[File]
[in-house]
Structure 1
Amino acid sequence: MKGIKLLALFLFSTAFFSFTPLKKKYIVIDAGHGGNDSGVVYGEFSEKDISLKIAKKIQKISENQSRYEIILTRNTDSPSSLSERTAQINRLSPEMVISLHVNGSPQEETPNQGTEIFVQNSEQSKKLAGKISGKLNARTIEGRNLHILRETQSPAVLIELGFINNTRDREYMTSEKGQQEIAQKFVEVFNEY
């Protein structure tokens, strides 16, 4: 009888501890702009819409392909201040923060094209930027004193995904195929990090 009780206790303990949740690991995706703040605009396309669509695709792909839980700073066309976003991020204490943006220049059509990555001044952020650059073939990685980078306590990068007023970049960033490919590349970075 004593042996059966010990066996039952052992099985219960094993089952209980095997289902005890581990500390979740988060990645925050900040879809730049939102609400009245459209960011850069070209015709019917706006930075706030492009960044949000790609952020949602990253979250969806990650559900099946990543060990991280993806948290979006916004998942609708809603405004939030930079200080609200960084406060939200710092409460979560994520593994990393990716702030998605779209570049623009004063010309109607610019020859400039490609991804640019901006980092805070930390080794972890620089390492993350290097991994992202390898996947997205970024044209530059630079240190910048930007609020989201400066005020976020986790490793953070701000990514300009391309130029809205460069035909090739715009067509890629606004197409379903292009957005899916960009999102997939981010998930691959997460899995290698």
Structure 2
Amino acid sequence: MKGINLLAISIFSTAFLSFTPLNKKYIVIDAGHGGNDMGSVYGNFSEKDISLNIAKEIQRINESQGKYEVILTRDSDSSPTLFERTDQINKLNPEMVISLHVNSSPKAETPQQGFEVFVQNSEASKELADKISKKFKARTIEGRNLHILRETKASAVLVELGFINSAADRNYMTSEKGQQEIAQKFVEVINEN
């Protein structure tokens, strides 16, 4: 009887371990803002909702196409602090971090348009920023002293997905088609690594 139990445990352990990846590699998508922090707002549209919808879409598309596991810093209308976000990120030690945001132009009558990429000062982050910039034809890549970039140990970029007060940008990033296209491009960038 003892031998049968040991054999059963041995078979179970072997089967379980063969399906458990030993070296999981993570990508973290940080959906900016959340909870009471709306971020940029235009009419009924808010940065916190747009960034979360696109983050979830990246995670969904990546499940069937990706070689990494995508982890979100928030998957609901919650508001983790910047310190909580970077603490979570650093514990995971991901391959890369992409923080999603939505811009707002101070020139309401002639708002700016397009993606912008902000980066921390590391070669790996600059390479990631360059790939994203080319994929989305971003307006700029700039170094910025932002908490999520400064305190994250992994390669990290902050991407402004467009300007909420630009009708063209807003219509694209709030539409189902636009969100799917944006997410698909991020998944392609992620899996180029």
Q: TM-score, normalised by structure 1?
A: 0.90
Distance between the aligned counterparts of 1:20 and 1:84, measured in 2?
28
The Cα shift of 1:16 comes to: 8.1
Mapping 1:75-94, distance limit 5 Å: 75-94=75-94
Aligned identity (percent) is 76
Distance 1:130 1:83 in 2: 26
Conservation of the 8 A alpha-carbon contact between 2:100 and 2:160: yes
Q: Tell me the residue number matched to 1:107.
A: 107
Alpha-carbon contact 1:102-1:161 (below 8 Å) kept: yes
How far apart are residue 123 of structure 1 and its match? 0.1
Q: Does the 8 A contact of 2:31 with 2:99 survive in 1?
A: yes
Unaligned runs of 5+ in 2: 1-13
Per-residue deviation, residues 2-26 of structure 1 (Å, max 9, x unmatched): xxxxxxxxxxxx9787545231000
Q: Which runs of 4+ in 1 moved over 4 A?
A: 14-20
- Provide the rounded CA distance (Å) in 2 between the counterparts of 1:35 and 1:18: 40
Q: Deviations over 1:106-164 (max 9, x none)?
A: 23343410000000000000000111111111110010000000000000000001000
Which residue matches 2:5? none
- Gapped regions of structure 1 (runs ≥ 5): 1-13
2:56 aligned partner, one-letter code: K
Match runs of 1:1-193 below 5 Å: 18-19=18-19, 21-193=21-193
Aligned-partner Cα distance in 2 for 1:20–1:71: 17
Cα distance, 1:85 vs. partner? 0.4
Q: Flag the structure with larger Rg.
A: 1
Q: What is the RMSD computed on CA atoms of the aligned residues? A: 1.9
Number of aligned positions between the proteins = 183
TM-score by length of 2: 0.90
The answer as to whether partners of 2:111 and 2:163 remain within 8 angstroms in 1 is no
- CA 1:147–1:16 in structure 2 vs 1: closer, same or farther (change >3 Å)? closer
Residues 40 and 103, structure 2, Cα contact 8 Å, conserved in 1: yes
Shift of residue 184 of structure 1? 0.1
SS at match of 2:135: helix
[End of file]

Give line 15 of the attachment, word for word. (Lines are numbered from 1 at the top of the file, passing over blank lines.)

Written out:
Distance 1:130 1:83 in 2: 26